Tom Metzger

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Tom Metzger

Thomas Linton Metzger (born: April 9, 1938) is a former California Grand Dragon of the Ku Klux Klan and founder of the White Aryan Resistance. He was the Democratic Party congressional candidate for Congress in 1980. Tom Metzger has participated in race discussions and interviews with CNN and Telemundo, and has appeared in numerous documentaries about White nationalism. He has founded a video series titled Race and Reason where he interviewed a number of White nationalist leaders.

In 1990, White Aryan Resistance was bankrupted by a lawsuit which alleged influencing others to commit violence. There have been various criticisms of the politically correct view on this.

Early life

Metzger was born and raised in Indiana. He served in the U.S. Army from 1961 until 1964 when he moved to Southern California to work in the electronics industry. In 1963, he married Kathleen Murphy; they had six children.[1]

For a short time, he was a member of the John Birch Society and attended Anti-Communist luncheon meetings sponsored by the Douglas Aircraft Corporation. Metzger served as a Barry Goldwater precinct worker in 1964, but by 1968 moved to Fallbrook, California and supported George C. Wallace for President. Metzger stopped paying taxes in the 1970s and by 1972 his tax protest over the Vietnam War destroyed his thriving television business but introduced him to other tax protesters who, he said, were "atheist racists, Christian Identity racists, Nazis, all kinds of people."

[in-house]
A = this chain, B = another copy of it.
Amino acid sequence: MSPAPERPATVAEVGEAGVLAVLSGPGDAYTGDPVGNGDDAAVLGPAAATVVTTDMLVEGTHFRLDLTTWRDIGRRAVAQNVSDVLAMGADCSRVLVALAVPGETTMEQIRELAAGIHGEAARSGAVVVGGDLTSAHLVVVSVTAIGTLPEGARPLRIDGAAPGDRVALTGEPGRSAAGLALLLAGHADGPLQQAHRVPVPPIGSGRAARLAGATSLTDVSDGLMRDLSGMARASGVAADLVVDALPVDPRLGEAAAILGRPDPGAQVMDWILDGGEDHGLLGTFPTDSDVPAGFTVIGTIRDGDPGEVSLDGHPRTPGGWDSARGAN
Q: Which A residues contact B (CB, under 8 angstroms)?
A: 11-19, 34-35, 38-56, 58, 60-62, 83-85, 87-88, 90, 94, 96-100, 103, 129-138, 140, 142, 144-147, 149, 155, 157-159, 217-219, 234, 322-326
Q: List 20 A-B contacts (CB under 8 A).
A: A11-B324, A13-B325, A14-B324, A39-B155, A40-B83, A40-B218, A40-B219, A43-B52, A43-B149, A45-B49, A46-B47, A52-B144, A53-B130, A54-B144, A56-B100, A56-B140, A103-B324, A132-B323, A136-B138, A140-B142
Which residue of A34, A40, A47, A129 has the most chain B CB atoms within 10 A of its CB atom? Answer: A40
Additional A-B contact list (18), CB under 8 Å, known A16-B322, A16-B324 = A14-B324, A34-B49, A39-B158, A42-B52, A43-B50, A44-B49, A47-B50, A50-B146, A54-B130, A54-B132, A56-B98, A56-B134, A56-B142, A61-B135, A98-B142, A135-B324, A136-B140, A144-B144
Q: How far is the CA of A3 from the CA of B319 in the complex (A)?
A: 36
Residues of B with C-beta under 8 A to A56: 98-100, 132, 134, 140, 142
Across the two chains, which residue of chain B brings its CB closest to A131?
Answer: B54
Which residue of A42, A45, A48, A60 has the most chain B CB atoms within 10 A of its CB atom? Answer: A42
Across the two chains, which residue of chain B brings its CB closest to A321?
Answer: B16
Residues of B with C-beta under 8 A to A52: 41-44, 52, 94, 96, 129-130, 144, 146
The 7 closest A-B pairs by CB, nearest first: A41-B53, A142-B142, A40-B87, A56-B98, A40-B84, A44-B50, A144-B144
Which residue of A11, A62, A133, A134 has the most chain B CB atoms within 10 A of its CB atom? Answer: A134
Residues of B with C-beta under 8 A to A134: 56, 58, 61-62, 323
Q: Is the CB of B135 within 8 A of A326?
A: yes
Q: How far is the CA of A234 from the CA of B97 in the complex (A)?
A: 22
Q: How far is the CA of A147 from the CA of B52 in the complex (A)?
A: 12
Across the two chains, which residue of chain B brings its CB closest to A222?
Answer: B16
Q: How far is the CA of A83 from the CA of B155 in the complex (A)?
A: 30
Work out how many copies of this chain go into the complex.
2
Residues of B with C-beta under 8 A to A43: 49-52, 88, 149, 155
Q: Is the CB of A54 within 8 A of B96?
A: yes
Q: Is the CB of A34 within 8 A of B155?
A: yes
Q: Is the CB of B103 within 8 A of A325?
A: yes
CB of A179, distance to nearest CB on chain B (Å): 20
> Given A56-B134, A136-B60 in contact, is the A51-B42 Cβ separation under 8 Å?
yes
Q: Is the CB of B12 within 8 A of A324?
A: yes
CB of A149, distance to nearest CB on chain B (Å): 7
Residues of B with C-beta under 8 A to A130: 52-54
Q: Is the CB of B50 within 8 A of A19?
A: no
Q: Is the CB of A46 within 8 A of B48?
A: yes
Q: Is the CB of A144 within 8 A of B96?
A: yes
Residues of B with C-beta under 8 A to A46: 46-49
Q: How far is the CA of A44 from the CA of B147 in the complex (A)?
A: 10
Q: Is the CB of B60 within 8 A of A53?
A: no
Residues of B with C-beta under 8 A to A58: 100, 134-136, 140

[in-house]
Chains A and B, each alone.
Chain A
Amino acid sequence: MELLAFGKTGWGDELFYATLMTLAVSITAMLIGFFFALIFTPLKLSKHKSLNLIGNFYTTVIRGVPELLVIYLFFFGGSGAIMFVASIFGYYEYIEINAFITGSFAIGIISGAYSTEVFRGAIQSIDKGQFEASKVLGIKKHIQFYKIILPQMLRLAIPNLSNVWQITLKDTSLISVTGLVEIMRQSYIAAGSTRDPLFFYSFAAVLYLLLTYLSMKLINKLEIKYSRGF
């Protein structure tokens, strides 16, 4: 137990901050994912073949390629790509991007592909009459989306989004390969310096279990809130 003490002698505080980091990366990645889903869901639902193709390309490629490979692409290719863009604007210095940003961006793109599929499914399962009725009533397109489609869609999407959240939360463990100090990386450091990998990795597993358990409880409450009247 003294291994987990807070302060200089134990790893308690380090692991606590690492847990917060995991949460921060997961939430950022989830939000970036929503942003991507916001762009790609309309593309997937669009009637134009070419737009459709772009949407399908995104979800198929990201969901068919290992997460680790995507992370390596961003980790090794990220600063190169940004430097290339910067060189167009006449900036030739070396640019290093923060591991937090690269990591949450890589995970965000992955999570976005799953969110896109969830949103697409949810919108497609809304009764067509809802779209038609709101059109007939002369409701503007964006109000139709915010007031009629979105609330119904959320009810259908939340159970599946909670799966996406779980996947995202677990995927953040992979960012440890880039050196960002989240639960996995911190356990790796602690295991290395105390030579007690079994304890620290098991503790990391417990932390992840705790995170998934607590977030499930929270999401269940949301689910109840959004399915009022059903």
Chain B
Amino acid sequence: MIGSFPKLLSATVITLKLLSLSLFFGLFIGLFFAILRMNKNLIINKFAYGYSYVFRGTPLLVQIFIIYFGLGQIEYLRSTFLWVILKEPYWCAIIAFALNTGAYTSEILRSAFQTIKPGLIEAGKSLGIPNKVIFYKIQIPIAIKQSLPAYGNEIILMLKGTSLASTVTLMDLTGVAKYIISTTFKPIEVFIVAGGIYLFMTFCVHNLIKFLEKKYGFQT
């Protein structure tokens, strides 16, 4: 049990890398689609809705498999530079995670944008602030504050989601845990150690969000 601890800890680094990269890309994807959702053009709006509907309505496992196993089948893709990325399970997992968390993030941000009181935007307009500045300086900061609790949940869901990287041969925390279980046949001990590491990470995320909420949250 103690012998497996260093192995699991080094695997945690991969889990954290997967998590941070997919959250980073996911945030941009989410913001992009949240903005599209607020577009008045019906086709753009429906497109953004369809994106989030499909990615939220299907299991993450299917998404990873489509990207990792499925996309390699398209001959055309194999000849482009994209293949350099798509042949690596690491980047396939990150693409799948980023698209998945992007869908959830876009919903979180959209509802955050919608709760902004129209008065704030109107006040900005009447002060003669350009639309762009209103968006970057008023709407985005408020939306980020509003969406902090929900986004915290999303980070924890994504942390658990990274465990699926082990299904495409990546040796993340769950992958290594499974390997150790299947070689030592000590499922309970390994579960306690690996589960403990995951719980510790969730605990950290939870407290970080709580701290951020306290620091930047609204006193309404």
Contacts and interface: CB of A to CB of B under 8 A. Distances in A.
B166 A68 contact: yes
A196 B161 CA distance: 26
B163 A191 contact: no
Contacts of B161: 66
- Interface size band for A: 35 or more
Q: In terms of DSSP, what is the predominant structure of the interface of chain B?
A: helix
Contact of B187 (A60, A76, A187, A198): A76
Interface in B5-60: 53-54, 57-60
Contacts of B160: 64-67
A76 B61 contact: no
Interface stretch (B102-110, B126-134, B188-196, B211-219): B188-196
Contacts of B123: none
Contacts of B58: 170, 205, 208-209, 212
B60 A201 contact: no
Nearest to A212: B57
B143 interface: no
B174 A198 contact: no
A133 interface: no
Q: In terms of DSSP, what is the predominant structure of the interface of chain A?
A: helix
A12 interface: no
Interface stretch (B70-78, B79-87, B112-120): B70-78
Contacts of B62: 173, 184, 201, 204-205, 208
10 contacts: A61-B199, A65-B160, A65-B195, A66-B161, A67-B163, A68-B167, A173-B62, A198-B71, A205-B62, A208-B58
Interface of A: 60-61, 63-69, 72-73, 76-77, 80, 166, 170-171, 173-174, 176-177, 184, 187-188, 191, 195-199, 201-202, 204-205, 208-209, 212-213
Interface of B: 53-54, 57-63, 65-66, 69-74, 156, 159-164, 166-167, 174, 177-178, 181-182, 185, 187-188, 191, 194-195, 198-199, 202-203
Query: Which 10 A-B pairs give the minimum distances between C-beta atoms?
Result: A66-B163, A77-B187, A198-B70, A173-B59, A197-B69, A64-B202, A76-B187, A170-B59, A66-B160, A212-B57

During the 1970s he joined the Knights of the Ku Klux Klan, which was led by David Duke, eventually becoming the Grand Dragon for the State of California. In summer 1979, he organized a patrol to capture illegal Mexican immigrants south of Fallbrook, California. Metzger's Klan organization also had a security force which was involved in confrontations with anti-Klan protesters. Metzger's branch of the Klan split with Duke's organization in 1980 to form the "California Knights of the Ku Klux Klan." Also in 1979 he took Greg Withrow, of the White Student Union "under his wing," which later became the Aryan Youth Movement (AYM), for youth associated with White Aryan Resistance. He was also a minister in the Christian Identity movement.

In 1980, Metzger won the Democratic Party nomination for the U.S. House of Representatives receiving 32,344 votes (39 percent of the total) in a San Diego-area district.[2] He had changed his party registration from Republican to Democrat earlier in the year. The Democrats disavowed his candidacy, instead endorsing incumbent four-term Republican Clair Burgener. Metzger lost by over 200,000 votes in November to a several-term incumbent in a heavily Republican district.

In 1982, he sought the Democratic Party's U.S. Senatorial nomination, running against then-Governor Jerry Brown and author Gore Vidal. He received 3% of the vote.

White Aryan Resistance

Metzger left the Klan after the election and formed the "White American Political Association" in order to promote "pro-White" candidates for office. He ran for the United States Senate in 1982, winning almost 76,000 votes (and 2.8% of the vote) in the Democratic Party Primary. In 1983, he changed the name of his group to "White Aryan Resistance" (WAR). WAR worked to recruit members in prisons, and rejected Christianity as a form of Judaism.

Metzger made numerous television appearances in addition to hosting his own cable access show. In November 1988, his son appeared on an episode of the Geraldo Rivera show in which a brawl broke out and Rivera's nose was broken after a chair was thrown at him.

SPLC lawsuit